21 Step Process

21 Step Process

Preparing The Leather

The key to a great meal is great ingredients…belts are no different. We start with full sides of the finest vegetable-tanned leather we can find. The tradition of vegetable-tanning dates back to before the Renaissance. It consists of using natural tannins extracted from plants and trees to dye the leather.

The main ingredient in the vegetable leather tanning process is time. It takes about 40 days to transform raw hides into unique and durable vegetable tanned leather.  This process is natural, environmentally friendly and it creates leather
that maintains its beauty and luster.

Leather created by this process is 3 times more durable and valuable than its chromium counterpart.

Saddle leather is an expensive byproduct of the American beef business. It is easy to spot American hides because they typically run 3-4 square feet larger than South American hides by comparison.

Cutting & Trimming

Bevelling The Straps

This beveller takes 4 tiny edges off of the strap with one pull. This subtle step is the difference between a strap and a belt.

Skiving

The leather must be “thinned” down at the buckle end. This allows for a more comfortable fit.

The Skiving Process takes 20% of the lower side off.
This allows the buckle to be properly positioned.
We start just before the second hole for full strength.

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Creating The Holes & Finishing The Edges

  • This machine puts perfectly even holes in every time.

  • Hand beveling tools from Sheridan, Wyoming.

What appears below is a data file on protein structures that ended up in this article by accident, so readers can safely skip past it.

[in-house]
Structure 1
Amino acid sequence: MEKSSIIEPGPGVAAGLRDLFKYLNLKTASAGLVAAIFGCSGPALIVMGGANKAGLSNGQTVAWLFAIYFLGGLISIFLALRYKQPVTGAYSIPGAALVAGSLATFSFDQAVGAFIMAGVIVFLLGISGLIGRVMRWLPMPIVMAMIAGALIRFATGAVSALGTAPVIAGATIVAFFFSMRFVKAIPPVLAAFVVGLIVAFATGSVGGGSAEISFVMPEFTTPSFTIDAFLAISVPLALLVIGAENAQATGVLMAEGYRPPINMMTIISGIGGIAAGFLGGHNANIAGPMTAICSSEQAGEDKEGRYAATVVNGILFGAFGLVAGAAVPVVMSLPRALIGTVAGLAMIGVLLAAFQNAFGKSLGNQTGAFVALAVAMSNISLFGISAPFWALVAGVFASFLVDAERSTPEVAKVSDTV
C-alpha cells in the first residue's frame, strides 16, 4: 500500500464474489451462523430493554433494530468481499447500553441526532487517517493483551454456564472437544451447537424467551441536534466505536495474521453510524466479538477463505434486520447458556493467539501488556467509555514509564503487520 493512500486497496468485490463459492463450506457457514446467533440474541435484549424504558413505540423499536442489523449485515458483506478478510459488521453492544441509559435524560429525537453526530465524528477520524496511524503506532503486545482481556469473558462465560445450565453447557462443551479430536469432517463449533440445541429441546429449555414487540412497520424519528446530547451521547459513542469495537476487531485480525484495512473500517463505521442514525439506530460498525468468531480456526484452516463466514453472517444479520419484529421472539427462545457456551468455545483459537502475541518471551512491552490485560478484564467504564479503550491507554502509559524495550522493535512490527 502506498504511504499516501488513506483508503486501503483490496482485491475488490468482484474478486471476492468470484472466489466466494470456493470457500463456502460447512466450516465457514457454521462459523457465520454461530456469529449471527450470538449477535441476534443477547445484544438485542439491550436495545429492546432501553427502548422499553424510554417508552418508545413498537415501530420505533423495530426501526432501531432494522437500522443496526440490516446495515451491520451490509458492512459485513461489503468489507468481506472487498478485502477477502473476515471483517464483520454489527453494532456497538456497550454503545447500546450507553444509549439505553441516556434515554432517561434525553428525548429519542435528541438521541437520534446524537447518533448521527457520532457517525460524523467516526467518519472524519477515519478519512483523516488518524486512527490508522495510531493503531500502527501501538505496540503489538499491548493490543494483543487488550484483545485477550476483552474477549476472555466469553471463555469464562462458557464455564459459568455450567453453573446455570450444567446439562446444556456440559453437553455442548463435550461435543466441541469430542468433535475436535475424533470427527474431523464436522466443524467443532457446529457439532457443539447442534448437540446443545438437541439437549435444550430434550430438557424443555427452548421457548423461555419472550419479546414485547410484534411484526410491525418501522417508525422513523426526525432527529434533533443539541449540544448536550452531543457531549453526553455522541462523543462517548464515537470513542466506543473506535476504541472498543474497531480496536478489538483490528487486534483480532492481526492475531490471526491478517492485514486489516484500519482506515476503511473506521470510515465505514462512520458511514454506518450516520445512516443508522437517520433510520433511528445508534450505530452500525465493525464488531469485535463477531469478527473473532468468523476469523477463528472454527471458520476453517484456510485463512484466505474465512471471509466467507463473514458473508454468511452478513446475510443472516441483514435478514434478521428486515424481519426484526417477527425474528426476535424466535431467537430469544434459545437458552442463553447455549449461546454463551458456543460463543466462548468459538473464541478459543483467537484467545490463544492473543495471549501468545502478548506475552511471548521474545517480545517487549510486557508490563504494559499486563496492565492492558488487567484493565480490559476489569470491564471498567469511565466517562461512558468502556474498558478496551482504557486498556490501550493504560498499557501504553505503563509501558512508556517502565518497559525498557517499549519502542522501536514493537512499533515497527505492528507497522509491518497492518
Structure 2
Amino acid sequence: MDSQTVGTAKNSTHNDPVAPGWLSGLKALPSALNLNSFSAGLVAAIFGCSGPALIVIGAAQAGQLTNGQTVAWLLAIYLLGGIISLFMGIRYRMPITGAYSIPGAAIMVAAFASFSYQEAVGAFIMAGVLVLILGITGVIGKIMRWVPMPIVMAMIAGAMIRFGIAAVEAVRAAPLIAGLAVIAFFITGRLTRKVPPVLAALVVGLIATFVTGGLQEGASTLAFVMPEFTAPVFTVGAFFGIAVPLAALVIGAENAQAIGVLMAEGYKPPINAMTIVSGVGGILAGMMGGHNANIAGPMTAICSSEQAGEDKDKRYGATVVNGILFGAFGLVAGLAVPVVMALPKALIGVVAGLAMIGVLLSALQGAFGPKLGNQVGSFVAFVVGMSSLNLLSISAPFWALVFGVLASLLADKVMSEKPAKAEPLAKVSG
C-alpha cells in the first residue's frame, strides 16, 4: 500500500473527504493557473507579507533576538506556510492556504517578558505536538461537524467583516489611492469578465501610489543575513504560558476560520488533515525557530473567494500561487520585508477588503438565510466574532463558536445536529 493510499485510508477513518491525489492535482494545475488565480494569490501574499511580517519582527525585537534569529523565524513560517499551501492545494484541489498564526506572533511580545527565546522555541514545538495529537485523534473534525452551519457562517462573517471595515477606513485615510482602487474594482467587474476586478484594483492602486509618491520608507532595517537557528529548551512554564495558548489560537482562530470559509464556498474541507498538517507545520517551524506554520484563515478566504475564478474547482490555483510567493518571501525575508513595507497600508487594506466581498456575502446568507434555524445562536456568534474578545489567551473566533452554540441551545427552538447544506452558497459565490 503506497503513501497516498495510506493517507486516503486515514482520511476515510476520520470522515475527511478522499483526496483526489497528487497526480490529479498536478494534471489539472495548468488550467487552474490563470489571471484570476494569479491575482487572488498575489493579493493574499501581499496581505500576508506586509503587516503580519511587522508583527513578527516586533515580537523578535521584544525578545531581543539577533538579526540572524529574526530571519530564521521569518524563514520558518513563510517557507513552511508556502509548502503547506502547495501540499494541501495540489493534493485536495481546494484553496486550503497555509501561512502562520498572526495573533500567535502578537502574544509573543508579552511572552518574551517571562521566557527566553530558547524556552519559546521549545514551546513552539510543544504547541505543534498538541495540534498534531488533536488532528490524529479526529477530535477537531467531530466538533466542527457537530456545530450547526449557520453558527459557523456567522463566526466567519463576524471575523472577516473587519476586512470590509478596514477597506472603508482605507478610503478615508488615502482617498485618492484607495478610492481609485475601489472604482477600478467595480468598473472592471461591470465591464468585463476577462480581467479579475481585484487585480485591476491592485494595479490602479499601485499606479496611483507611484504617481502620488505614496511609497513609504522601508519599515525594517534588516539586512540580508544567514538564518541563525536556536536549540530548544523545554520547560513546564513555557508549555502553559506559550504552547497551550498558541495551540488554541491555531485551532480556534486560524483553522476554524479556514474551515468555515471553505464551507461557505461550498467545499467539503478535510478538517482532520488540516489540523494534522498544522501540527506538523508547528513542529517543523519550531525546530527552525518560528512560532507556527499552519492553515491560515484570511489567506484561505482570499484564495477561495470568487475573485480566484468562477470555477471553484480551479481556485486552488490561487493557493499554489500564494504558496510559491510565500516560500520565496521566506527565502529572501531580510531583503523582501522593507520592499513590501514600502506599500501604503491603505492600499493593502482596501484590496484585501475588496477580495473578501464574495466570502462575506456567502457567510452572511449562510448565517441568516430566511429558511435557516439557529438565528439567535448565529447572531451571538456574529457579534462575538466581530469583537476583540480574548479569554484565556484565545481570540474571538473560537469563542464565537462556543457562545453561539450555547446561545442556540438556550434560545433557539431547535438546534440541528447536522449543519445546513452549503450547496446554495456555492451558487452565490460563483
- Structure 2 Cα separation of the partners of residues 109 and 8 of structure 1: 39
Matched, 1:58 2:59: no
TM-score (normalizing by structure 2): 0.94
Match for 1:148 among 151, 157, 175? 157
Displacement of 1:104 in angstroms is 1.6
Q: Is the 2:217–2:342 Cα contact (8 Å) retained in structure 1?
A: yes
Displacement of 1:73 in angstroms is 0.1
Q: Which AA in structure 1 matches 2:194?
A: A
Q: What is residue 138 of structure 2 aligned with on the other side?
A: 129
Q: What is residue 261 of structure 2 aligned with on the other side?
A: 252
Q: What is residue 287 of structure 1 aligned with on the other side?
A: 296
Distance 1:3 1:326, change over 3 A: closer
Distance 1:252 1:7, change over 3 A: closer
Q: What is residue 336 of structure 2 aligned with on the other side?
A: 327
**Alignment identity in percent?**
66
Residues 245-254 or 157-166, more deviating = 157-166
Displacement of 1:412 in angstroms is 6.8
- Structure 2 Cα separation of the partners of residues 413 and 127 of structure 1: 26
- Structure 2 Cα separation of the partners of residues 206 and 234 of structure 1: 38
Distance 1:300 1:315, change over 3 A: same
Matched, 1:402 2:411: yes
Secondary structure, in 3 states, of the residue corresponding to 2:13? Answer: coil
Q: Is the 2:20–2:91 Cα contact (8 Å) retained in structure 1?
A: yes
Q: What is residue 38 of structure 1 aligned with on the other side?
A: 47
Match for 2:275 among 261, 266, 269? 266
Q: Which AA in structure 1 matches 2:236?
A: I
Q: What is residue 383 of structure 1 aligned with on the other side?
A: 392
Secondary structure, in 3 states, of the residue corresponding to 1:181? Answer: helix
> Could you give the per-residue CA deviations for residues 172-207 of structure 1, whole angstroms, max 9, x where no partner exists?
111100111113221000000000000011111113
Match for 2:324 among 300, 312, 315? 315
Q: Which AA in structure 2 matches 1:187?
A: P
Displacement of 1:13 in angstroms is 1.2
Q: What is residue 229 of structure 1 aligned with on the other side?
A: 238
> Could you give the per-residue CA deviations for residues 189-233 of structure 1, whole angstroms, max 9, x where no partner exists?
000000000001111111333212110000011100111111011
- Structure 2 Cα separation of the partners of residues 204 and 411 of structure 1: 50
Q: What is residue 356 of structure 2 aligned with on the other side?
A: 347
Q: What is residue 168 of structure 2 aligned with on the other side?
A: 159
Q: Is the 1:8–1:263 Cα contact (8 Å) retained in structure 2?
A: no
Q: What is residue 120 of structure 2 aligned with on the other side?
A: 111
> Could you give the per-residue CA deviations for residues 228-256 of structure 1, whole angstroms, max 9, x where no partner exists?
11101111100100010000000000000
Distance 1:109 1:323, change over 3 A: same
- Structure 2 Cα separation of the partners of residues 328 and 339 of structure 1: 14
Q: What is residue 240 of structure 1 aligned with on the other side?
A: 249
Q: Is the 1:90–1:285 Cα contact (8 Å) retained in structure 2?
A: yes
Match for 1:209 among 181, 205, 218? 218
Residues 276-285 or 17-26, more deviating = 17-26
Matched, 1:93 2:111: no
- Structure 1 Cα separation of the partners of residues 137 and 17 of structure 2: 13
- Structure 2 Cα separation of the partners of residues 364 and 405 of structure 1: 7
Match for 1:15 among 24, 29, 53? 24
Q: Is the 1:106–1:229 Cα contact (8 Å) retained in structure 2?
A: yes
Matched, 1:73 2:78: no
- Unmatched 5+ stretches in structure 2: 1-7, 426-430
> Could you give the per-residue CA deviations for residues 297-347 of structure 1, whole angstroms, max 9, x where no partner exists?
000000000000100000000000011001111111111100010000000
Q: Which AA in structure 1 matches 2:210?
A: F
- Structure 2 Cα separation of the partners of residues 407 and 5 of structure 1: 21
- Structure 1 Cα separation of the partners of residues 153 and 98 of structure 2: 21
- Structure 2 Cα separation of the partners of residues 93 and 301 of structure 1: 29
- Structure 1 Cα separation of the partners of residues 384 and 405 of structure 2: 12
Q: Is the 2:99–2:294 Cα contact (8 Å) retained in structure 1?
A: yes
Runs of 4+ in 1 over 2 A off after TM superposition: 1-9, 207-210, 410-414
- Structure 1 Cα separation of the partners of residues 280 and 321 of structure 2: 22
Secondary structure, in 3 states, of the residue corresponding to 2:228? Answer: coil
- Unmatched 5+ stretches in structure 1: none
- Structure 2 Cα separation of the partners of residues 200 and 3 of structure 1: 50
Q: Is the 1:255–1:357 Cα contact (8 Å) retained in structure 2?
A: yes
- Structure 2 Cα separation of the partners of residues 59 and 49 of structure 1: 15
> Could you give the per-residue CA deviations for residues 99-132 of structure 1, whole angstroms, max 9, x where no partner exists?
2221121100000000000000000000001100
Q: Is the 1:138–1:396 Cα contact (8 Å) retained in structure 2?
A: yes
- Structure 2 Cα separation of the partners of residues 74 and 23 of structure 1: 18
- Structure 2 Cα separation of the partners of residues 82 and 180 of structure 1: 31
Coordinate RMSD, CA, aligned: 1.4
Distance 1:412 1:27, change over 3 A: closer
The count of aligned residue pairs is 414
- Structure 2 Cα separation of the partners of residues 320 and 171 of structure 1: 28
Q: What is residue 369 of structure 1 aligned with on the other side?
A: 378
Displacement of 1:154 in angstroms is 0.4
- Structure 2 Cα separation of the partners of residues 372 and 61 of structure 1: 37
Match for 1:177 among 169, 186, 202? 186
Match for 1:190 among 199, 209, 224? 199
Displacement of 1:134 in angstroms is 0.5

The Edge Sealing Process

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Second
Edge
Process

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Final
Edge
Process

We use Italian edge dye. It has polymers that fill and smooth the edges without flaking.

We use permanent dye that won't crack or flake off.

There is no substitute for heavy canvas, saddle soap, and good old fashioned elbow grease.

The Second Edge Process is with gum tragacanth. This is a natural plant based edge smoothing agent.

The Final Edge Process is with an alpha hydroxy product. This lowers the pH and although expensive, offers the best final edge in leatherwork.

"There is no substitute for saddle soap, heavy tent canvas, and good old fashioned elbow grease."

Stitching

"Germany produces the finest industrial sewing machines in the world. Our machine defines stitches with unparalleled quality."

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29th step
30th step

Our Thread

The thread we use is for saddles and parachutes.  It is made very strong for years of durability.

Making the Loops

The loop that holds back the belt end has to be cut, dyed, beveled, smoothed, stapled, stitched and molded as well.

A handmade Amish loop blocker.  Used to square up and define the loop edges.

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The Final Touch

This electric hide brander brands AZBELT.COM onto every belt.

  • The Electric Hide Brander

  • A Freshly Branded AZBELT

Front loops

Front loops are being sewn closer to the snap on men’s jeans these days.
To accommodate for this, we have moved the loop closer to the buckle for a better fit.

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